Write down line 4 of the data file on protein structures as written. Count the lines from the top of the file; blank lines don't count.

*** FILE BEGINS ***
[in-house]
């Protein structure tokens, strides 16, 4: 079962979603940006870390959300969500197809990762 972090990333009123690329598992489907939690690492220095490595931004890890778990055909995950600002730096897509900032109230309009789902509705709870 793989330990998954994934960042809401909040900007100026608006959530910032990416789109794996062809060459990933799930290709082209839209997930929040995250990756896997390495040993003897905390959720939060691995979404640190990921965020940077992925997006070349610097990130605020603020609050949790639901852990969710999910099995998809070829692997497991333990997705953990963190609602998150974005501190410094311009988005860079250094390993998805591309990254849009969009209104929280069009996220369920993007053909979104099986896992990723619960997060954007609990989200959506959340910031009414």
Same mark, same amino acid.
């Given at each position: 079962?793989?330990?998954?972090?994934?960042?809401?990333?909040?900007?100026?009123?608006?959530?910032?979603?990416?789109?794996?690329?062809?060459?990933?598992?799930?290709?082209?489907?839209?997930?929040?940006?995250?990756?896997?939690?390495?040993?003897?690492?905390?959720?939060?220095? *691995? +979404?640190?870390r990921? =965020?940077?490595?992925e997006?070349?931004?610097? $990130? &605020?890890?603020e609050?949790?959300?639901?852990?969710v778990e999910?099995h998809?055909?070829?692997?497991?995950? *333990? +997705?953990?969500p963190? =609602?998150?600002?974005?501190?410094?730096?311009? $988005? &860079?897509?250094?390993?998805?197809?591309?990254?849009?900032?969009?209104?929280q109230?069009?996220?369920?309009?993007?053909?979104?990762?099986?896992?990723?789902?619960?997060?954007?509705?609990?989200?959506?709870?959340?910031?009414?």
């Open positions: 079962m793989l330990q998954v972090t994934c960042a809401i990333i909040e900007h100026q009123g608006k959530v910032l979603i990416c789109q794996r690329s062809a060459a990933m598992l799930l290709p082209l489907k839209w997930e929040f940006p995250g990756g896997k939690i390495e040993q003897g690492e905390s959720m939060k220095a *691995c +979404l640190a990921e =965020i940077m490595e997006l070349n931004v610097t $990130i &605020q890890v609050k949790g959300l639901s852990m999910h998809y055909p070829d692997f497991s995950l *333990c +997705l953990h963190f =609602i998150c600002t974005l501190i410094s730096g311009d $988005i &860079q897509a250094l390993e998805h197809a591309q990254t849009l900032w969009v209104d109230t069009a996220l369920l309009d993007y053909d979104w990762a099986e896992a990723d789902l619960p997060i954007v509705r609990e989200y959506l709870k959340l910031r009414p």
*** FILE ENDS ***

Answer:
């Given at each position: 079962?793989?330990?998954?972090?994934?960042?809401?990333?909040?900007?100026?009123?608006?959530?910032?979603?990416?789109?794996?690329?062809?060459?990933?598992?799930?290709?082209?489907?839209?997930?929040?940006?995250?990756?896997?939690?390495?040993?003897?690492?905390?959720?939060?220095? *691995? +979404?640190?870390r990921? =965020?940077?490595?992925e997006?070349?931004?610097? $990130? &605020?890890?603020e609050?949790?959300?639901?852990?969710v778990e999910?099995h998809?055909?070829?692997?497991?995950? *333990? +997705?953990?969500p963190? =609602?998150?600002?974005?501190?410094?730096?311009? $988005? &860079?897509?250094?390993?998805?197809?591309?990254?849009?900032?969009?209104?929280q109230?069009?996220?369920?309009?993007?053909?979104?990762?099986?896992?990723?789902?619960?997060?954007?509705?609990?989200?959506?709870?959340?910031?009414?």